My hostess, Joanna Bird, had just taken off her uncomfortable bat wings when she opened the door of her Chiswick home, but blood-or something very like it-still trickled from the neck of Deborah Lanyon, an artist whose abstracted landscapes were on the walls.
I’m not a great one for Halloween, more of an American than British festival, but this one, I thought as I rustled through the brown leaves of the plane trees carpeting the pavements of west London, was going to be good. I wasn’t disappointed. All was warmth and colour, in a house that’s also a ceramics gallery. One guest arrived with a pair of splendid Hungarian Vizsla dogs: bulls may not get on well in china shops, but they only added to the decorative spirit of the occasion.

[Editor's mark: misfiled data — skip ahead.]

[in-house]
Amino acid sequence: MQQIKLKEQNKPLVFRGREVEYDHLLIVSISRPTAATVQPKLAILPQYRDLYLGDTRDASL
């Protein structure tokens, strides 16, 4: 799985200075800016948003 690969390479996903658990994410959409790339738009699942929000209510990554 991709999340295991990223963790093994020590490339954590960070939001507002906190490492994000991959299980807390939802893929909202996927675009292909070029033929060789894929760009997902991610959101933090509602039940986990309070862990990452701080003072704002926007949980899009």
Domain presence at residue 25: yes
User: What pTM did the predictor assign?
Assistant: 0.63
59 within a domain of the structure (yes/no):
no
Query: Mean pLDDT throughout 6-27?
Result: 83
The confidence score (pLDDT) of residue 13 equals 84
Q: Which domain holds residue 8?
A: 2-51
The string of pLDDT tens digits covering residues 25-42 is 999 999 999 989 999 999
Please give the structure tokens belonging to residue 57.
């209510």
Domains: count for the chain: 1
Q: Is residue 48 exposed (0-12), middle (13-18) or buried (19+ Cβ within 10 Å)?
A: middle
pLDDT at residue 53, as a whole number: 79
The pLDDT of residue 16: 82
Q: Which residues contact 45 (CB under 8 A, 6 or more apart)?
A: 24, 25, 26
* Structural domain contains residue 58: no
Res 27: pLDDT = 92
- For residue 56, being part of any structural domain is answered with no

In the garden, a kinetic sculpture by the artist Rupert Newman blazed like a display of enormous jewels against the black velvet of the night. Seven large disks were illuminated by video images, each different, always changing, snatched visually from details around London. The technical challenge lies in exactly aligning the projectors. More curiosity, if less colour, comes on Monday, when Joanna opens an exhibition of Steffen Dam’s glass, a shorthand for which might be jellyfish in jars, at Browse and Darby in Cork Street. I can’t wait.
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